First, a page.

A wise person once said that you don’t take a photograph. The photograph takes you. I find this to be a great insight. When I go out with my camera, I might have a general idea of what I would like to photograph, but it often happens that I come back with images I initially had no intention of taking.
This is the result of letting the world around me impinge upon my consciousness. I let myself be “taken” by the scene in front of me. The photo becomes a record of what engaged my attention, what fascinated me, what drew me in.
The subject matter doesn’t have to be a grand scene. Often I am drawn in by quiet, serene landscapes or the tiny details of larger scenes. There is something about such scenes that draws me in and feeds my sense of peace and union with the world around me.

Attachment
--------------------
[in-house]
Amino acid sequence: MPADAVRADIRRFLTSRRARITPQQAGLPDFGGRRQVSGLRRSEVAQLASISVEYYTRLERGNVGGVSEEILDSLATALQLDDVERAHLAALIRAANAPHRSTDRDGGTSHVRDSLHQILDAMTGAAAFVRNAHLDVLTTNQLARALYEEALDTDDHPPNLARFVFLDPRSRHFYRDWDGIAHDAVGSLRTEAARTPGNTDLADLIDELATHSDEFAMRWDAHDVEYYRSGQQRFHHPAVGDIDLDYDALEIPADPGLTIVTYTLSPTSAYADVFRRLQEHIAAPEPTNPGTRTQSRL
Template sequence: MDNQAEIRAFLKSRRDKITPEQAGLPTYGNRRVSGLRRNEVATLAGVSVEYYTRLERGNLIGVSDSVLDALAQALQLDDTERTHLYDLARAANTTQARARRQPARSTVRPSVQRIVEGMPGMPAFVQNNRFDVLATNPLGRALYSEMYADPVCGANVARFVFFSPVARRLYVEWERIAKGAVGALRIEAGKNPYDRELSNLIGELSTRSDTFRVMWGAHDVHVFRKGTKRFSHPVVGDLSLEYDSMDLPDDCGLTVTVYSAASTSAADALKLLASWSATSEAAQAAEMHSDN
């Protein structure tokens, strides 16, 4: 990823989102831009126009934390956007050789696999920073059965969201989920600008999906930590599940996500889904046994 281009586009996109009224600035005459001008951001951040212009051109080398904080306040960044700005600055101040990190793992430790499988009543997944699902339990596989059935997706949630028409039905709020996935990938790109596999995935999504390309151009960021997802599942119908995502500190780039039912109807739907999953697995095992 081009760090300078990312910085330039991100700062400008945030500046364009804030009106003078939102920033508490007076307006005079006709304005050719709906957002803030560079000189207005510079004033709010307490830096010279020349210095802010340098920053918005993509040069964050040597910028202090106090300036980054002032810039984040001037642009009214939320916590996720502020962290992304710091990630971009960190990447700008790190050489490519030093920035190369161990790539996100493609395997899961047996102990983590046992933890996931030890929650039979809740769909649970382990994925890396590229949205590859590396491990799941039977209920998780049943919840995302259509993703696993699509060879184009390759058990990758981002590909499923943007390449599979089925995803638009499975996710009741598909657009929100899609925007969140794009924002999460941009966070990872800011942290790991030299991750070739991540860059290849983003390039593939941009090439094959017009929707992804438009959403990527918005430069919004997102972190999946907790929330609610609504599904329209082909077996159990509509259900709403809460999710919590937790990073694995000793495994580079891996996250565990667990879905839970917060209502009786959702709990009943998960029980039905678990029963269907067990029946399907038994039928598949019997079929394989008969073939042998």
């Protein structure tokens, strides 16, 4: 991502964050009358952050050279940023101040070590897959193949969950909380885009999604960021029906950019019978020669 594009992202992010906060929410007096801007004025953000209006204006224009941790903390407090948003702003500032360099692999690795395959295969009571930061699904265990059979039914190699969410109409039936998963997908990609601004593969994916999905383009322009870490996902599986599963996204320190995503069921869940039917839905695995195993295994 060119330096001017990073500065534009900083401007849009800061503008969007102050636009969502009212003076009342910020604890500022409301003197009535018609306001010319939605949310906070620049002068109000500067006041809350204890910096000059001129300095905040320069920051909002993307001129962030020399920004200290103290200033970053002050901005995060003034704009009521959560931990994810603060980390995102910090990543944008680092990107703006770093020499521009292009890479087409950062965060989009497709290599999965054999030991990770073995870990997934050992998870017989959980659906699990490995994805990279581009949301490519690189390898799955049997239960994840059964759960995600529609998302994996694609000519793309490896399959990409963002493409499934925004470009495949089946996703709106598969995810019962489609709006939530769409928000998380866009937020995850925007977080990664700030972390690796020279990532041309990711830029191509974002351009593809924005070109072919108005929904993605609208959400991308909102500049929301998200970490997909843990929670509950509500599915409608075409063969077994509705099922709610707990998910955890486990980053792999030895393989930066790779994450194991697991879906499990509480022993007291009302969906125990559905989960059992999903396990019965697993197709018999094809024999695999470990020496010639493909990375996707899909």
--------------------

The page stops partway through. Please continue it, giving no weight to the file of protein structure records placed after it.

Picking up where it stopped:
I think there’s a similar dynamic at play in our Christian discipleship. We don’t choose God out of the blue. God first reaches out to us–through our relationships, through the witness of others, through the events of our life, through prayer and worship, through insights and reflection. Our task is to be open to the ways in which we are called to connect with God, in effect, to let ourself be taken. This requires great freedom.
“You did not choose me, but I chose you and appointed you so that you might go and bear fruit—fruit that will last—and so that whatever you ask in my name the Father will give you.” (John 15:16)